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Culture and community in the Basque Country, Catalonia and Galicia
Duncan Wheeler

As the Basque Country is the most sparsely populated of the historical nationalities, this regional blip mattered little in terms of the overall result of a referendum that covered the whole of Spain, but Basque reluctance nonetheless constituted the most persistent obstacle to the legitimation of the nascent democratic nation state. Prior to Spain’s EU membership, Catalan patriotism rarely translated into a widespread desire for independence, whilst nationalism remained comparatively weak in Galicia. Taking, in turn, each of the historical nationalities granted a

in Following Franco
Open Access (free)
Protecting borders, confirming statehood and transforming economies?
Jenny H. Peterson

several international staff remaining for years rather than months. In addition, the international management was largely British. This is not meant to suggest that UK customs officers are necessarily superior to customs officers from other nations, but to suggest that the continuity offered by having a single nationality willing to make a long-term contribution likely led to some of the success within the agency. While coordination with regional counterparts has been addressed in the previous section, another concern in large international missions, such as UNMIK, is

in Building a peace economy?
Managing the criminal facets of war economies
Jenny H. Peterson

now engaging in areas of reform which involve combating illicit and illegal structures. Either they reconsider their role in engaging in such activities and choose not to do so, given the inherent contradictions of these tasks with their organisational culture, or they move forward and allow for or create the structures which are needed to engage in such work. Also limiting an effective post-conflict justice programme is the diversity of staff in regard to nationality. Undoubtedly, there is strength in having a mixture of staff from different nations, but there is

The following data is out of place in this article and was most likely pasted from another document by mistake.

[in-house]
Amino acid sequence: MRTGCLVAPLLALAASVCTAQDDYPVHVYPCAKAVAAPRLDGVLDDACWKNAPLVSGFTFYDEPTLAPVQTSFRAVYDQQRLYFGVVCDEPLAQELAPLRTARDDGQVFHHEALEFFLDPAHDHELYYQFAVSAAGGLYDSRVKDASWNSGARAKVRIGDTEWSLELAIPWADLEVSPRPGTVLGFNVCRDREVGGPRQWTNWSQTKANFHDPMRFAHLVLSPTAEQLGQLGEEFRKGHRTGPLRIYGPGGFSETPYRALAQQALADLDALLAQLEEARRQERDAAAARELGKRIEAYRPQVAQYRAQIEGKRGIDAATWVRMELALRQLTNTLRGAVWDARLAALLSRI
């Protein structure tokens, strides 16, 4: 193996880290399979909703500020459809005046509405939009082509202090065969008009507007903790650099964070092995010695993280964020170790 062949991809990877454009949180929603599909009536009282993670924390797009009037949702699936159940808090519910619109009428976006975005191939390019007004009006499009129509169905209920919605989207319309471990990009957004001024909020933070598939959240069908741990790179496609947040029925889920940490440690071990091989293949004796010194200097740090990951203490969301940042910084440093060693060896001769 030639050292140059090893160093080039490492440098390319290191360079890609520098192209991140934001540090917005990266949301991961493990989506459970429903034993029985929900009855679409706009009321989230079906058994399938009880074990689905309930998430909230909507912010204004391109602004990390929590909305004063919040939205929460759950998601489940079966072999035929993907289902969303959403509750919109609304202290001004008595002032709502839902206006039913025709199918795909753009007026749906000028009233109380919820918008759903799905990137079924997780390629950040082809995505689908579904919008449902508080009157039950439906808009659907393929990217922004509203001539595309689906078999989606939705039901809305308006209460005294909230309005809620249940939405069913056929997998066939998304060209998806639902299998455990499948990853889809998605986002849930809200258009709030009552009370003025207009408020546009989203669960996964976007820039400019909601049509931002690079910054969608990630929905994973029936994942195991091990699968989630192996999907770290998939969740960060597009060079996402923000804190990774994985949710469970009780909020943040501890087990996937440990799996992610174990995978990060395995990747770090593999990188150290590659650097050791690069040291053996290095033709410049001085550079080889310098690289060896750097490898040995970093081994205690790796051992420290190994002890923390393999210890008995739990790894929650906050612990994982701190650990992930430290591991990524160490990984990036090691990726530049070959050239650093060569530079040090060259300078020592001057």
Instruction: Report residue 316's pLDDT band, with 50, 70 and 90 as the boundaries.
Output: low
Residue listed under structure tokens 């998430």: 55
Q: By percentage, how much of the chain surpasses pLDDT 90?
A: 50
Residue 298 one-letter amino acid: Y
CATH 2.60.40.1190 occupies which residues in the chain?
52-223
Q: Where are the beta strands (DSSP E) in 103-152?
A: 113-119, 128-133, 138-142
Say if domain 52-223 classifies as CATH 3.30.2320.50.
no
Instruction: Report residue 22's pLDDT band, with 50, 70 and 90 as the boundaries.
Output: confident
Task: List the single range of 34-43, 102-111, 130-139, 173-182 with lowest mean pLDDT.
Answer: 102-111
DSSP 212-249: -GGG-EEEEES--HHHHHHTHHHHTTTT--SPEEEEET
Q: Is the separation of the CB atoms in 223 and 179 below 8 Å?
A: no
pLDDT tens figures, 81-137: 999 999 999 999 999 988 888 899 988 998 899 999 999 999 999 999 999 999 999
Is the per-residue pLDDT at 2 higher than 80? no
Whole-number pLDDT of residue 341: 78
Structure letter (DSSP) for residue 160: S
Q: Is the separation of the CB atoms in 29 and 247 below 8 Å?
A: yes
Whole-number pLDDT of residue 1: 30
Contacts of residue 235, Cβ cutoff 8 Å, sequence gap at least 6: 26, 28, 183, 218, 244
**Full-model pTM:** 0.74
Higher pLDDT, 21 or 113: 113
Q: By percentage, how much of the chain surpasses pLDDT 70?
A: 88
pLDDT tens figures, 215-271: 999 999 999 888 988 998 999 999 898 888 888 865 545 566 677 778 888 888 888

in Building a peace economy?
João Labareda

the common market to be discriminated against. It seems highly unfair to have two workers performing the same job but letting only one of them acquire the rights associated with that job, simply on grounds of nationality. This is not to say that nationality is morally irrelevant. In an international system where the nation-state is a key unit of self-determination and democracy, nationality, even if arbitrarily acquired by birth, is an indispensable predicament. Yet the moral worth of nationality is not absolute. Against what has been suggested by a number of

in Towards a just Europe
Those who are both, neither, other, and next

University of Liverpool since 2010. These data reveal a growing cohort of those who are non-aligned politically, those who are of no religion, those who have dual nationality, and those who were born outside Northern Ireland. They also show a fairly stark generational divide in terms of attitudes and political identities and engagement. In order to assess the significance of these groups who disrupt the ‘two communities’ thesis, we need to be able to measure identity change in a divided society. Identities in Northern